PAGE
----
Mosquitoes are insects in the family Culicidae. They have a pair of scaled wings, a pair of halteres, a slender body, and long legs. Length varies but is rarely greater than 16 mm (0.6 inch), and weight up to 2.5 mg (0.04 grain). A mosquito can fly for 1 to 4 hours continuously at up to 1–2 km/h travelling up to 10 km in a night.
Mosquitoes can breed in very small amounts of standing water in as little as five days. After mating, adult female mosquitoes will take a blood meal by biting a human or an animal. She will then lay eggs in or near standing water. Once the eggs hatch, the mosquito larvae will live in the water until they develop into adults.
Mosquitoes are a vector agent that carries disease-causing viruses and parasites from person to person without catching the disease themselves. Female mosquitoes suck blood from people and other animals as part of their eating and breeding habits. When a mosquito bites, she also injects saliva and anti-coagulants into the blood which may also contain disease-causing viruses or other parasites. This cycle can be interrupted by killing the mosquitoes, isolating infected people from all mosquitoes while they are infectious or vaccinating the exposed population.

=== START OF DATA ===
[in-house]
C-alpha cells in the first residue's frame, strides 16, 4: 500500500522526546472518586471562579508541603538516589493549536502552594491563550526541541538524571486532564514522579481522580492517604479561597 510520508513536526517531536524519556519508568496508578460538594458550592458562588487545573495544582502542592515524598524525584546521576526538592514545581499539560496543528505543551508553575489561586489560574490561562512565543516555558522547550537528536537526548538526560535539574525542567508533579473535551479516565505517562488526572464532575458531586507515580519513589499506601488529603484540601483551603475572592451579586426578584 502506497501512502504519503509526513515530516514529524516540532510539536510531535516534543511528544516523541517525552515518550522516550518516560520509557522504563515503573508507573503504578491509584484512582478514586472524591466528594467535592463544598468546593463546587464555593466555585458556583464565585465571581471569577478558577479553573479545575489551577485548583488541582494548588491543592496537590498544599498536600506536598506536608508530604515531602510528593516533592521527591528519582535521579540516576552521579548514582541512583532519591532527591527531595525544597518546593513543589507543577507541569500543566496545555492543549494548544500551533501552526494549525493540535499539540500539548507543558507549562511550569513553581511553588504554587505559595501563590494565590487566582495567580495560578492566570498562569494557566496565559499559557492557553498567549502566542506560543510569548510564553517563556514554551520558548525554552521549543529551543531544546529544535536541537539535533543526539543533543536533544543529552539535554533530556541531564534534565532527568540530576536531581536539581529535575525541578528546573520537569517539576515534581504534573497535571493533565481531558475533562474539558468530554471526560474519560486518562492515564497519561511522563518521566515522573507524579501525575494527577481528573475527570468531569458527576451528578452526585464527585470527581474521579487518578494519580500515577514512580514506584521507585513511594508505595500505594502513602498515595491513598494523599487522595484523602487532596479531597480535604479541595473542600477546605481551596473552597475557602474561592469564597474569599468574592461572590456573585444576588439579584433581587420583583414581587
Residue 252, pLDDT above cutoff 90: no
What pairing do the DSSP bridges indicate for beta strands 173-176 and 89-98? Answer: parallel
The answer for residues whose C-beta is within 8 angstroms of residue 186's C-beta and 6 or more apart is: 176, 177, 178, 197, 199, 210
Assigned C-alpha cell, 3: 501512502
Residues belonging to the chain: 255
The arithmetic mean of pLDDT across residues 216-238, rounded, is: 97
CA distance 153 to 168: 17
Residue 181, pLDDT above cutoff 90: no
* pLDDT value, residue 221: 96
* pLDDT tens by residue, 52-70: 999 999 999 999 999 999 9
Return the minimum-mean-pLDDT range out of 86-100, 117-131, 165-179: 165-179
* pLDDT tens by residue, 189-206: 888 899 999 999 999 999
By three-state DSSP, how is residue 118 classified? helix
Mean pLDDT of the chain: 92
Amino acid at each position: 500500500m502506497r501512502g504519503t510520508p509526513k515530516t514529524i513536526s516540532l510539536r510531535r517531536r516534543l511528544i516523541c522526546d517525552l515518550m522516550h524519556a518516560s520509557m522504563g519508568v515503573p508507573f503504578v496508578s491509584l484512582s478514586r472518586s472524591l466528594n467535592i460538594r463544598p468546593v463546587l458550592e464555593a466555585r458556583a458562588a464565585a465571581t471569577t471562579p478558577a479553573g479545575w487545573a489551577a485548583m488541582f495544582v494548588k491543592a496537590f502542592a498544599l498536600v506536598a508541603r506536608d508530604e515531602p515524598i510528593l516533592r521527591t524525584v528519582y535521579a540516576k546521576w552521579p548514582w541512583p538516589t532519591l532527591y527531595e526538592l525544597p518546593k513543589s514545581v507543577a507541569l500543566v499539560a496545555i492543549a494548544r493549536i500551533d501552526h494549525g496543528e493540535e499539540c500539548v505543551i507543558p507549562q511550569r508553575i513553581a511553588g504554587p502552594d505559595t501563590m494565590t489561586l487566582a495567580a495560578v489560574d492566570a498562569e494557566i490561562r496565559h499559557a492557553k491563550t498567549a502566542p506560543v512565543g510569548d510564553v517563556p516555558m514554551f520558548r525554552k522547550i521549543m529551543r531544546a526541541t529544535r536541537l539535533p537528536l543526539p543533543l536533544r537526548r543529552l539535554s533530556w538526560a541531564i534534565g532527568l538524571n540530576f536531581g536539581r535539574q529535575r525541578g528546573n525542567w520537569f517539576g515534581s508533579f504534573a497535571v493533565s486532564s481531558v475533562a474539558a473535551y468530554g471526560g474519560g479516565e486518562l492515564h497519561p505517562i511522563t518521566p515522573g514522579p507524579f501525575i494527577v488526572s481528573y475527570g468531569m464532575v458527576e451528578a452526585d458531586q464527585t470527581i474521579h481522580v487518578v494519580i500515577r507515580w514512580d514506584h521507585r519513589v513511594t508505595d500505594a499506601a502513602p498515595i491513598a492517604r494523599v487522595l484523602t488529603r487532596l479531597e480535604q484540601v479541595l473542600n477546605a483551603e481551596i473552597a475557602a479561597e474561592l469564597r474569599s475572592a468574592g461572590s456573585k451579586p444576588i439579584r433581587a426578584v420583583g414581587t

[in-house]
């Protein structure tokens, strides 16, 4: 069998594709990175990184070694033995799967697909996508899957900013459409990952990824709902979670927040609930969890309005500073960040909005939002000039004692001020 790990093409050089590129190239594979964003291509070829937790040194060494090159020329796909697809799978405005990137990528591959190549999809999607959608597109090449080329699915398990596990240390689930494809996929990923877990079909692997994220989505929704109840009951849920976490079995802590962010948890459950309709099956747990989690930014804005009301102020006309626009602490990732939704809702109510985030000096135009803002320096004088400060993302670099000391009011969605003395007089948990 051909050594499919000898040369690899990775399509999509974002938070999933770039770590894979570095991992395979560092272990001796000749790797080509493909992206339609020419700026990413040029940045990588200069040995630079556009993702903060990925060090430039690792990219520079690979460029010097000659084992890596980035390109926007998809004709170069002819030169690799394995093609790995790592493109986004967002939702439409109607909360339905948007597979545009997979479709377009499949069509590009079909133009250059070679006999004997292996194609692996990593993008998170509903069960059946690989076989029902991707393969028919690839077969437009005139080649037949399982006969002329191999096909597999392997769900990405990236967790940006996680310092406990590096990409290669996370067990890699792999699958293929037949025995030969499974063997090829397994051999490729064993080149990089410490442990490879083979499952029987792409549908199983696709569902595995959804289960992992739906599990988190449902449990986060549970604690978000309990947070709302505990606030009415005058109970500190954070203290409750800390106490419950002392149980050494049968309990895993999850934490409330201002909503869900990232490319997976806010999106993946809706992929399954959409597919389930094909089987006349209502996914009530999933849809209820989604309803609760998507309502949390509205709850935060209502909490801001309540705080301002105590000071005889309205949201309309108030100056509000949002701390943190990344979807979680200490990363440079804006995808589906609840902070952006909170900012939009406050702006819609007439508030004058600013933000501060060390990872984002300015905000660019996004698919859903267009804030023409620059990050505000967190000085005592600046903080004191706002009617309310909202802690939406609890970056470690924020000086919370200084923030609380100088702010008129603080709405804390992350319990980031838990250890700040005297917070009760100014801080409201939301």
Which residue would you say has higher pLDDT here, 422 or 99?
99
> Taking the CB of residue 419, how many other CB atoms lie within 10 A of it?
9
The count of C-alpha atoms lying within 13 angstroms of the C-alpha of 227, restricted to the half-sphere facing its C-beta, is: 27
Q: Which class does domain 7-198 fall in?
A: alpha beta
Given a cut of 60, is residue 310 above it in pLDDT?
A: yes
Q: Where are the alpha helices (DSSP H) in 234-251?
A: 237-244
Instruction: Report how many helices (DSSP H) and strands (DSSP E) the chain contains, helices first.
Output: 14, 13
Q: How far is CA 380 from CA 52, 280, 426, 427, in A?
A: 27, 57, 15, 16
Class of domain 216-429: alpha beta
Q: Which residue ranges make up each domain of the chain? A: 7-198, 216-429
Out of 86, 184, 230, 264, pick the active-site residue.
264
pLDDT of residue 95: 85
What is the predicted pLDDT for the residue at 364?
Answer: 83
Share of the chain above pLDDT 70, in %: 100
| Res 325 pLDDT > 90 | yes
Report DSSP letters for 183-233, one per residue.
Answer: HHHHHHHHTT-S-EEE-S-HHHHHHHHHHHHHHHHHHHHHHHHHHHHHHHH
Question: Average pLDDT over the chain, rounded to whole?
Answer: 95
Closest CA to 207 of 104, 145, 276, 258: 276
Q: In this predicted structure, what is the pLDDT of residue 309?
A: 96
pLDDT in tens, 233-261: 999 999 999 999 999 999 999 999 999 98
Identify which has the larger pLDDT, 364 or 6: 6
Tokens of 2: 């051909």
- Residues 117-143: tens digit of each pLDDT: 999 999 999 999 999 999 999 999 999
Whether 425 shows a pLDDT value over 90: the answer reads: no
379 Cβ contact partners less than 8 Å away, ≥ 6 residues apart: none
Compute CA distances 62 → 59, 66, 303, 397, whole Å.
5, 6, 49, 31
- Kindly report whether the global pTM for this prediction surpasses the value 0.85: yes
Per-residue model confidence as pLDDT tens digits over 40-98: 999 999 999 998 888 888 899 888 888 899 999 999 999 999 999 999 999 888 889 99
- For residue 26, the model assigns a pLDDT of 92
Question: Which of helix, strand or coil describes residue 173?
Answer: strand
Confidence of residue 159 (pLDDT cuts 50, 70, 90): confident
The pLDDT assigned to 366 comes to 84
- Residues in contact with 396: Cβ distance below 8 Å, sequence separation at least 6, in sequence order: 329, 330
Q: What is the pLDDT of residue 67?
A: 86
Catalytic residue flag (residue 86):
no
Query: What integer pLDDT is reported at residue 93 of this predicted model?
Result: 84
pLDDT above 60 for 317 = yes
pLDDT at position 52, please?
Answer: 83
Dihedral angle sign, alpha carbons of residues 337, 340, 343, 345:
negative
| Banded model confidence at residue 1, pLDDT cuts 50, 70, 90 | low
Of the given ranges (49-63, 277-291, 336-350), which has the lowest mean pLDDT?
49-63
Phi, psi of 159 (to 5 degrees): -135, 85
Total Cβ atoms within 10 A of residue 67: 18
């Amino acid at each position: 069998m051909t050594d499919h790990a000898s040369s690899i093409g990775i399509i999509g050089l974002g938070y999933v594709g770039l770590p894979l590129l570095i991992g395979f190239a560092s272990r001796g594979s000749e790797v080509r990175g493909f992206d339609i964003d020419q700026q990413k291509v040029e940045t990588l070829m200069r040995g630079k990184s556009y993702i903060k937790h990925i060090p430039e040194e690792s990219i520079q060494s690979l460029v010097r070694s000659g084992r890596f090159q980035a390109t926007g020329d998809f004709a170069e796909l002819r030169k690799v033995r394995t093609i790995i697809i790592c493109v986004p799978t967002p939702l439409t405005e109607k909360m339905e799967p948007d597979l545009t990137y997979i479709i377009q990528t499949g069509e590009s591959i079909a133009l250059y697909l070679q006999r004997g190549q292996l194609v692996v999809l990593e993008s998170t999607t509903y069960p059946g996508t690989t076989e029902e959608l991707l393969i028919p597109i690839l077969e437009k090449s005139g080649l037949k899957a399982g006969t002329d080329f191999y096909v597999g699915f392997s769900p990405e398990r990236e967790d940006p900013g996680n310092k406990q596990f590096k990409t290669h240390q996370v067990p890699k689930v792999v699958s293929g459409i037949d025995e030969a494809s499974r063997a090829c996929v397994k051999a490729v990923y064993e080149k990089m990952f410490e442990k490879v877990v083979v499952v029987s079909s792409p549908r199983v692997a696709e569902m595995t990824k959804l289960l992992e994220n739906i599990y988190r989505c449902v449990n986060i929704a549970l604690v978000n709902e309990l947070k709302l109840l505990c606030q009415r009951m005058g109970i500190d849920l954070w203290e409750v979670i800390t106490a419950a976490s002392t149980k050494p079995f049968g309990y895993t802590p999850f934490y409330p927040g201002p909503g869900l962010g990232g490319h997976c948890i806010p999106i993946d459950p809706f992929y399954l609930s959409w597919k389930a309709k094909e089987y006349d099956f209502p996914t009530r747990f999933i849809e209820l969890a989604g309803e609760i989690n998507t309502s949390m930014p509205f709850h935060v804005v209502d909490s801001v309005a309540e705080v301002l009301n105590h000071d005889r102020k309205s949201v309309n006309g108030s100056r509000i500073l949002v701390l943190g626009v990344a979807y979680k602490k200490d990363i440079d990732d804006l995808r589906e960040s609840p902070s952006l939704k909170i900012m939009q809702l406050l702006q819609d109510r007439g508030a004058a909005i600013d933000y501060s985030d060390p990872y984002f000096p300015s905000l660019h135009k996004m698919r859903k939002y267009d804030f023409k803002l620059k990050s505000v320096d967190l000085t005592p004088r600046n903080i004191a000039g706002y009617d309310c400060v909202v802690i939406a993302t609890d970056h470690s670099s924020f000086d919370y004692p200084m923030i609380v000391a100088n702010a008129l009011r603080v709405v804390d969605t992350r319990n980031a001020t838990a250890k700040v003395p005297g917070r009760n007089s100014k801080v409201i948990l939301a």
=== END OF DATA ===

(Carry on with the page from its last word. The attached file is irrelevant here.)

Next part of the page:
The mosquito is dangerous because it likes to feed on our blood, and while it is doing so it may carry to us from another person one of a number of human diseases, the best known of these diseases being malaria and dengue fever. The whole life cycle takes only a few days and can take place in a stream, a puddle, a drain or an abandoned tub of water. It does not take much time and water.